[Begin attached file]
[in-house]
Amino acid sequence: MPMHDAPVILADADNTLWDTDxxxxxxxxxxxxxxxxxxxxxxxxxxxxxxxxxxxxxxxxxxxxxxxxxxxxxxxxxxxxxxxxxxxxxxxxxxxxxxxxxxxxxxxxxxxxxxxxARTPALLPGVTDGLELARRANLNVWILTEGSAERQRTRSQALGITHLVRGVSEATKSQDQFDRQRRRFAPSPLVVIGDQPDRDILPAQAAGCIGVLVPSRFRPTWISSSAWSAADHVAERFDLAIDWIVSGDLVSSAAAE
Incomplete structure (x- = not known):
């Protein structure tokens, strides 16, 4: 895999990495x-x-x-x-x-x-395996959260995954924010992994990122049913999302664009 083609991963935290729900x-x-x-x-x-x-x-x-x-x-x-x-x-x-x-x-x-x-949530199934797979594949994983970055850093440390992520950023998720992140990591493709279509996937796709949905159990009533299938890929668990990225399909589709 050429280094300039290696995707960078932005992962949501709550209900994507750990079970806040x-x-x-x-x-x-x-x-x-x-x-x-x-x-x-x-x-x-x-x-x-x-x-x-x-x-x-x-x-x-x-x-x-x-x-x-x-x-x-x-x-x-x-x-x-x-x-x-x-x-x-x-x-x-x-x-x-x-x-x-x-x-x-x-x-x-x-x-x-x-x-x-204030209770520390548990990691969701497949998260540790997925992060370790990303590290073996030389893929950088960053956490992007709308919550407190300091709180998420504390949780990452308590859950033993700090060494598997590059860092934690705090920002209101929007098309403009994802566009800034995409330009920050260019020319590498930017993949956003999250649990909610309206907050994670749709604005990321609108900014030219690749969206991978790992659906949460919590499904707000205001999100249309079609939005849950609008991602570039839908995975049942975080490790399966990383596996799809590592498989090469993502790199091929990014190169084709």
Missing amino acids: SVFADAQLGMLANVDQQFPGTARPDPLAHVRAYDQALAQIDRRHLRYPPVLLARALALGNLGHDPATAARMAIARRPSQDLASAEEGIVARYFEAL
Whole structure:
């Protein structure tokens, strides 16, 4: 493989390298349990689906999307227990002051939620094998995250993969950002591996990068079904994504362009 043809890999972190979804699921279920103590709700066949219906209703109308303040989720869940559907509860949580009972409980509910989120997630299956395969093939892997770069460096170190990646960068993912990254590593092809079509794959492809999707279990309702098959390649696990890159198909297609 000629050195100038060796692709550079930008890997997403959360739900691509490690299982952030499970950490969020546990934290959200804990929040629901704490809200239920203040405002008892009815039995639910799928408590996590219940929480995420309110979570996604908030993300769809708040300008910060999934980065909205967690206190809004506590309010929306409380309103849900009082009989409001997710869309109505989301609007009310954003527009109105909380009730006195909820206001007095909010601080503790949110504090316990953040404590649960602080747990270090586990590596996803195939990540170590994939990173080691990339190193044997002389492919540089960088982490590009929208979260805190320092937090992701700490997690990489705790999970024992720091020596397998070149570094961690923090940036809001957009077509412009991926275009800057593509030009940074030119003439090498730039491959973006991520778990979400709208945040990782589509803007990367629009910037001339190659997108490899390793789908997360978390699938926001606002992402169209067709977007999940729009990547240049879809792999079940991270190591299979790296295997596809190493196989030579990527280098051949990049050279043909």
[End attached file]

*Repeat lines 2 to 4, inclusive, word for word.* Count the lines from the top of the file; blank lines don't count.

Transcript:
Amino acid sequence: MPMHDAPVILADADNTLWDTDxxxxxxxxxxxxxxxxxxxxxxxxxxxxxxxxxxxxxxxxxxxxxxxxxxxxxxxxxxxxxxxxxxxxxxxxxxxxxxxxxxxxxxxxxxxxxxxxARTPALLPGVTDGLELARRANLNVWILTEGSAERQRTRSQALGITHLVRGVSEATKSQDQFDRQRRRFAPSPLVVIGDQPDRDILPAQAAGCIGVLVPSRFRPTWISSSAWSAADHVAERFDLAIDWIVSGDLVSSAAAE
Incomplete structure (x- = not known):
């Protein structure tokens, strides 16, 4: 895999990495x-x-x-x-x-x-395996959260995954924010992994990122049913999302664009 083609991963935290729900x-x-x-x-x-x-x-x-x-x-x-x-x-x-x-x-x-x-949530199934797979594949994983970055850093440390992520950023998720992140990591493709279509996937796709949905159990009533299938890929668990990225399909589709 050429280094300039290696995707960078932005992962949501709550209900994507750990079970806040x-x-x-x-x-x-x-x-x-x-x-x-x-x-x-x-x-x-x-x-x-x-x-x-x-x-x-x-x-x-x-x-x-x-x-x-x-x-x-x-x-x-x-x-x-x-x-x-x-x-x-x-x-x-x-x-x-x-x-x-x-x-x-x-x-x-x-x-x-x-x-x-204030209770520390548990990691969701497949998260540790997925992060370790990303590290073996030389893929950088960053956490992007709308919550407190300091709180998420504390949780990452308590859950033993700090060494598997590059860092934690705090920002209101929007098309403009994802566009800034995409330009920050260019020319590498930017993949956003999250649990909610309206907050994670749709604005990321609108900014030219690749969206991978790992659906949460919590499904707000205001999100249309079609939005849950609008991602570039839908995975049942975080490790399966990383596996799809590592498989090469993502790199091929990014190169084709």